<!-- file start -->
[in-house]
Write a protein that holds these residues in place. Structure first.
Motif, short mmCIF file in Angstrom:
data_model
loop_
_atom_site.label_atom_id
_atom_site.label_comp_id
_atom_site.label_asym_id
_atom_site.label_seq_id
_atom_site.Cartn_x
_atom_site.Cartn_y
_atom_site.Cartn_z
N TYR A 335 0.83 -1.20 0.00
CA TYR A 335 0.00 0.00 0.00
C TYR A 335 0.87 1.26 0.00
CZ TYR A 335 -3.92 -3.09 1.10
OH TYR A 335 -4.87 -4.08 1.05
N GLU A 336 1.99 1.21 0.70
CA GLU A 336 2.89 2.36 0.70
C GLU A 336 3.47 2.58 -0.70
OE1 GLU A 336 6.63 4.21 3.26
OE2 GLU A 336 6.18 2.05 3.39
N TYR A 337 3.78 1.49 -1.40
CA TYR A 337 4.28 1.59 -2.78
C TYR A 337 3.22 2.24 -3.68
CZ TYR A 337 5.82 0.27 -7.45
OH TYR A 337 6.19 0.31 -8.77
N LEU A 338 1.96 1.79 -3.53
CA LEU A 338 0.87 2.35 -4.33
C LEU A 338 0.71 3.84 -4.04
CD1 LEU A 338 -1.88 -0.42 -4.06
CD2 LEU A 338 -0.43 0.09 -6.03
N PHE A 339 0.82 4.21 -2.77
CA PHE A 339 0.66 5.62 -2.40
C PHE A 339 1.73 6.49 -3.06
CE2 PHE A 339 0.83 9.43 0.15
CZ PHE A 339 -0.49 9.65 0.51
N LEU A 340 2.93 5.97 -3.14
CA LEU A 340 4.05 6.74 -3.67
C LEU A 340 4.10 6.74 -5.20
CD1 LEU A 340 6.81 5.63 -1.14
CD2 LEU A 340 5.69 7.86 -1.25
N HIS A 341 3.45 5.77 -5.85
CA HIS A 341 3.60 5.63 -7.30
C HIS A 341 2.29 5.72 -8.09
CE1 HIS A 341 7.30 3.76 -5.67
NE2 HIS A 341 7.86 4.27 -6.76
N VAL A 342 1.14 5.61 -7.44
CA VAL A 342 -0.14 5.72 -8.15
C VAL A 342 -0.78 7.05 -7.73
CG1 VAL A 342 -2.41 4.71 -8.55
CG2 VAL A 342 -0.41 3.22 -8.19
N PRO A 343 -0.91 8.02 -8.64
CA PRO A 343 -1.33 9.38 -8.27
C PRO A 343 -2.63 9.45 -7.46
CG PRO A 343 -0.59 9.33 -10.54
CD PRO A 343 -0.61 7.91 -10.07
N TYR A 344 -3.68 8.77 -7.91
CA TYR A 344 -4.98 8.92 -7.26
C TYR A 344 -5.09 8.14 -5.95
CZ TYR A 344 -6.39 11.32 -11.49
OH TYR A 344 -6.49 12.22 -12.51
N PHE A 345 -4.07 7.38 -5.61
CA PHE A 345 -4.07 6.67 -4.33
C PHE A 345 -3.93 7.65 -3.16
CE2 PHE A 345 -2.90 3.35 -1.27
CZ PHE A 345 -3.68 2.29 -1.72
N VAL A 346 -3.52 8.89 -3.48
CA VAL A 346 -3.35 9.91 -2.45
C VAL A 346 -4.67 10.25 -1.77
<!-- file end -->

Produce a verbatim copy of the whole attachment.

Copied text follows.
[in-house]
Write a protein that holds these residues in place. Structure first.
Motif, short mmCIF file in Angstrom:
data_model
loop_
_atom_site.label_atom_id
_atom_site.label_comp_id
_atom_site.label_asym_id
_atom_site.label_seq_id
_atom_site.Cartn_x
_atom_site.Cartn_y
_atom_site.Cartn_z
N TYR A 335 0.83 -1.20 0.00
CA TYR A 335 0.00 0.00 0.00
C TYR A 335 0.87 1.26 0.00
CZ TYR A 335 -3.92 -3.09 1.10
OH TYR A 335 -4.87 -4.08 1.05
N GLU A 336 1.99 1.21 0.70
CA GLU A 336 2.89 2.36 0.70
C GLU A 336 3.47 2.58 -0.70
OE1 GLU A 336 6.63 4.21 3.26
OE2 GLU A 336 6.18 2.05 3.39
N TYR A 337 3.78 1.49 -1.40
CA TYR A 337 4.28 1.59 -2.78
C TYR A 337 3.22 2.24 -3.68
CZ TYR A 337 5.82 0.27 -7.45
OH TYR A 337 6.19 0.31 -8.77
N LEU A 338 1.96 1.79 -3.53
CA LEU A 338 0.87 2.35 -4.33
C LEU A 338 0.71 3.84 -4.04
CD1 LEU A 338 -1.88 -0.42 -4.06
CD2 LEU A 338 -0.43 0.09 -6.03
N PHE A 339 0.82 4.21 -2.77
CA PHE A 339 0.66 5.62 -2.40
C PHE A 339 1.73 6.49 -3.06
CE2 PHE A 339 0.83 9.43 0.15
CZ PHE A 339 -0.49 9.65 0.51
N LEU A 340 2.93 5.97 -3.14
CA LEU A 340 4.05 6.74 -3.67
C LEU A 340 4.10 6.74 -5.20
CD1 LEU A 340 6.81 5.63 -1.14
CD2 LEU A 340 5.69 7.86 -1.25
N HIS A 341 3.45 5.77 -5.85
CA HIS A 341 3.60 5.63 -7.30
C HIS A 341 2.29 5.72 -8.09
CE1 HIS A 341 7.30 3.76 -5.67
NE2 HIS A 341 7.86 4.27 -6.76
N VAL A 342 1.14 5.61 -7.44
CA VAL A 342 -0.14 5.72 -8.15
C VAL A 342 -0.78 7.05 -7.73
CG1 VAL A 342 -2.41 4.71 -8.55
CG2 VAL A 342 -0.41 3.22 -8.19
N PRO A 343 -0.91 8.02 -8.64
CA PRO A 343 -1.33 9.38 -8.27
C PRO A 343 -2.63 9.45 -7.46
CG PRO A 343 -0.59 9.33 -10.54
CD PRO A 343 -0.61 7.91 -10.07
N TYR A 344 -3.68 8.77 -7.91
CA TYR A 344 -4.98 8.92 -7.26
C TYR A 344 -5.09 8.14 -5.95
CZ TYR A 344 -6.39 11.32 -11.49
OH TYR A 344 -6.49 12.22 -12.51
N PHE A 345 -4.07 7.38 -5.61
CA PHE A 345 -4.07 6.67 -4.33
C PHE A 345 -3.93 7.65 -3.16
CE2 PHE A 345 -2.90 3.35 -1.27
CZ PHE A 345 -3.68 2.29 -1.72
N VAL A 346 -3.52 8.89 -3.48
CA VAL A 346 -3.35 9.91 -2.45
C VAL A 346 -4.67 10.25 -1.77